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Publication numberUS5603733 A
Publication typeGrant
Application numberUS 08/564,033
Publication dateFeb 18, 1997
Filing dateApr 10, 1995
Priority dateApr 12, 1994
Fee statusLapsed
Also published asCA2164103A1, DE69508018D1, DE69508018T2, EP0702731A1, EP0702731B1, WO1995027800A1
Publication number08564033, 564033, US 5603733 A, US 5603733A, US-A-5603733, US5603733 A, US5603733A
InventorsAdrian S. Allen, Finlay D. Aiston
Original AssigneeAllied Colloids Limited
Export CitationBiBTeX, EndNote, RefMan
External Links: USPTO, USPTO Assignment, Espacenet
Leather softening
US 5603733 A
Abstract
Leather is rendered flexible and water repellent by treatment with a low molecular weight, generally monomeric, amphoteric surfactant having at least one surfactant hydrophobe, at least two cationic groups and at least two anionic groups which are carboxylic groups.
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Claims(8)
We claim:
1. A process of rendering leather flexible and water repellant by applying to the leather an aqueous solution comprising an amphoteric surfactant, which has the formula ##STR5## wherein R is an alkyl, alkaryl or aralkyl group of at least eight carbon atoms, Z is a direct bond or an ether, ester or amide linkage, A is an alkylene or oxyalkylene group of 2 to 8 carbon atoms, each group Q is a carboxyl-containing group or hydrogen provided that at least two of the groups Q are carboxyl-containing groups, and n is 1 to 6, or a water-soluble salt thereof.
2. A process according to claim 1 in which R is C8 -CH24 alkyl, each carboxyl-containing group Q has the formula --BCOOM where M is hydrogen or a cationic group that forms a water-soluble salt and B is an alkylene group of 1 to 6 carbon atoms.
3. A process according to claim 2 in which A is (CH2)y where y is 2 to 6 and each group B is (CH2)x where x is 1 to 4.
4. A process according to claim 3 in which n is 1 to 4, x is 1 or 2 and y is 2 or 3.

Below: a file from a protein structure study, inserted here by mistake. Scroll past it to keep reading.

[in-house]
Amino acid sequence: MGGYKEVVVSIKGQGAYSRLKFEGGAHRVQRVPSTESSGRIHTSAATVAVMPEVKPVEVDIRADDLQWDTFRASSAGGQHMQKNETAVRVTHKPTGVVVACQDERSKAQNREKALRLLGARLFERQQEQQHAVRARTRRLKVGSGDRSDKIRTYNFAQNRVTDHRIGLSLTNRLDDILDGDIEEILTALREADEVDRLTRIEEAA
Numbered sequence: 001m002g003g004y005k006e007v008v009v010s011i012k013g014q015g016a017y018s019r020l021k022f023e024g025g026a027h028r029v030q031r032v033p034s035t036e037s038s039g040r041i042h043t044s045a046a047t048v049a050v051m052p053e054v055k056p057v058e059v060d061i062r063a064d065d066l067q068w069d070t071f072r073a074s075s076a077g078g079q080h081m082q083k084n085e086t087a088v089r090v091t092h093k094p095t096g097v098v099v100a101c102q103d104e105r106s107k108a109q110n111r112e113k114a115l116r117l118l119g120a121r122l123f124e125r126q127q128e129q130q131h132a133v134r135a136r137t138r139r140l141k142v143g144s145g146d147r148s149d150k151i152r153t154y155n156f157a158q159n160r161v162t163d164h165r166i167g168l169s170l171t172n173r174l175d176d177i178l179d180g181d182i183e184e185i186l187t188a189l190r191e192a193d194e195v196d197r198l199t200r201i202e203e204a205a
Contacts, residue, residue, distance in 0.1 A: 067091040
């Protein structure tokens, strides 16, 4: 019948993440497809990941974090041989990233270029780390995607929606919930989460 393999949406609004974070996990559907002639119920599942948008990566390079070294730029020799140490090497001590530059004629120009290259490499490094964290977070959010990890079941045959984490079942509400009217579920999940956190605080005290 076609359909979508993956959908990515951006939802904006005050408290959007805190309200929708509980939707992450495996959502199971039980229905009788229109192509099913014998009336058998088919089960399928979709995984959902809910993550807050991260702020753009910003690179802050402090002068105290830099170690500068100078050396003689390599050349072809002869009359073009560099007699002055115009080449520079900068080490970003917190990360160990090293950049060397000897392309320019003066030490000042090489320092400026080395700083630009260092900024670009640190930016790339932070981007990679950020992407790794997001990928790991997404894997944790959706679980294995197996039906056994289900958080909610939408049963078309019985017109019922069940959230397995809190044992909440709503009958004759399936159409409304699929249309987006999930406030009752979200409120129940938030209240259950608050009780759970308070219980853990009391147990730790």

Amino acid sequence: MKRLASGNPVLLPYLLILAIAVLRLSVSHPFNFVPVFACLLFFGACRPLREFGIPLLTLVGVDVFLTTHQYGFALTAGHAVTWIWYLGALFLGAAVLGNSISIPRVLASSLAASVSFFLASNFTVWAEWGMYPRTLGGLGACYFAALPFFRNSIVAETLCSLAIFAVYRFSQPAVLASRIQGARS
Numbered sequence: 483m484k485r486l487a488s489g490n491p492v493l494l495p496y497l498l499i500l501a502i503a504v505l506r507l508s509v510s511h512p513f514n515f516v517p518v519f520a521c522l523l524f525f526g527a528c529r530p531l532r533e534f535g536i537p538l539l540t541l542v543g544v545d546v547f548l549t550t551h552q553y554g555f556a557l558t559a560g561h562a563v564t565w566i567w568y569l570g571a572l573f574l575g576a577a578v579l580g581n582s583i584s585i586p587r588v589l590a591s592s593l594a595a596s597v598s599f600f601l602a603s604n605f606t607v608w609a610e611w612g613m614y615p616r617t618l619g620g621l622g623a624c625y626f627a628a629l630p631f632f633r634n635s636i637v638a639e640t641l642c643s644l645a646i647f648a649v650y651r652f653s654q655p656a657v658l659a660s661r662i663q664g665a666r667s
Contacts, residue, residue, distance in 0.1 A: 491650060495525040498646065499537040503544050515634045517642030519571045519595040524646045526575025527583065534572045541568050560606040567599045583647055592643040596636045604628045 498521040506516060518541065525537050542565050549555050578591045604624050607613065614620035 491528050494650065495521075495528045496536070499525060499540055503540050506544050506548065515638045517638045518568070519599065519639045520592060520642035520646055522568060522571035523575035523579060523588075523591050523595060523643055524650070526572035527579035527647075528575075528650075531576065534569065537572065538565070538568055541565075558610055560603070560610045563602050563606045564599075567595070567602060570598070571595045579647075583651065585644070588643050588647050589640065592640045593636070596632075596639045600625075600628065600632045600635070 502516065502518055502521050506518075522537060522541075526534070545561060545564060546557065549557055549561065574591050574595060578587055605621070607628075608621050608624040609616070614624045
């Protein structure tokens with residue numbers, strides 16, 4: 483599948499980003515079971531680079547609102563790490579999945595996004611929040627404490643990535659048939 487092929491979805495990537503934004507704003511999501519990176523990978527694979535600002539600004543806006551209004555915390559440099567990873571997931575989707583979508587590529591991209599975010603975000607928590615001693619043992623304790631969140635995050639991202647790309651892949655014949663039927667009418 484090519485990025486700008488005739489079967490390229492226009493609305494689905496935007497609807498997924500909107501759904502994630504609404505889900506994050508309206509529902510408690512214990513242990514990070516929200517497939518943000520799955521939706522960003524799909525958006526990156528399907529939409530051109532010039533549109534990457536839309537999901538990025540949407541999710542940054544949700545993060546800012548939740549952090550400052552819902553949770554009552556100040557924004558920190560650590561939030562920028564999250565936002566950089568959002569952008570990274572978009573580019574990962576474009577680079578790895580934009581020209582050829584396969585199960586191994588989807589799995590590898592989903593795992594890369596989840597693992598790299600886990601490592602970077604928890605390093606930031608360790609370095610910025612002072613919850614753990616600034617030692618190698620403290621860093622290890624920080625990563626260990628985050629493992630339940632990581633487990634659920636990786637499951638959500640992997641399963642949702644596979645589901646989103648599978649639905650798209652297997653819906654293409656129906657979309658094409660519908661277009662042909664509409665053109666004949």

5. A process according to claim 4 in which Z is selected from a direct bond, an ether linkage, --NHCOCH2 --, --OCOCH2 --, --CH2 COO--, or --CH2 CONH--.
6. A process according to claim 1 in which a waterproofing resin is additionally applied to the leather.
7. A process according to claim 6 in which the waterproofing resin is applied before or with the surfactant.
8. Leather which is flexible and water repellent and which has been impregnated with an amphoteric surfactant which has the formula ##STR6## wherein R is an alkyl, alkaryl or aralkyl group of at least eight carbon atoms, Z is a direct bond or an ether, ester or amide linkage, A is an alkylene or oxyalkylene group of 2 to 8 carbon atoms, each group Q is a carboxyl-containing group or hydrogen provided that at least two of the groups Q are carboxyl-containing groups, and n is 1 to 6, or a water-soluble salt thereof.
Description

This application is a 371 of PCT/GB95/00842 filed Apr. 10, 1995.

This invention relates to the treatment of leather so as to render it water-repellant while maintaining or improving its flexibility.

Processes are known for rendering leather water-repellant, often combined with retanning the leather, by the application of certain polymeric materials. Fat liquoring processes may also render the leather water-repellant. Various processes of this type are described in EP-A-372,746, EP-A-412,389 and AU-A-90/60227 and in our European Application No. 93306480.0.

Processes involving the use of a polymeric material have the tendency to reduce the flexibility of the leather.

It is known to treat leather with a conventional amphoteric surfactant, such as coco-amidopropyl betaine, but this is not very effective at rendering the leather either water-repellant or flexible.

Other amphoteric surfactants are known. An example of such surfactants is in GB 1398277. Another amphoteric compound is the sulphonate-containing material described in GB 1401984 as being suitable for finishing textiles, paper or leather. The sulphonate group or groups in such materials would interfere with the properties we are seeking.

It would be desirable to provide an improved treatment of leather by which leather can be given an improved combination of water-repellency and flexibility, including softness.

According to the invention, leather is rendered flexible and water-repellant by a process comprising treating the leather with an aqueous solution of an amphoteric surfactant which has molecular weight below 5,000 and which includes at least 1 surfactant hydrophobe group of at least 8 carbon atoms, at least 2 cationic groups, and at least 2 anionic groups wherein the anionic groups are carboxylic groups.

The invention includes leather impregnated with the defined surfactant.

In this specification we use the term cationic to embrace free base, acid addition and quaternary ammonium salts, and we use the term anionic to embrace free acid and acid salts, of carboxylic acid groups.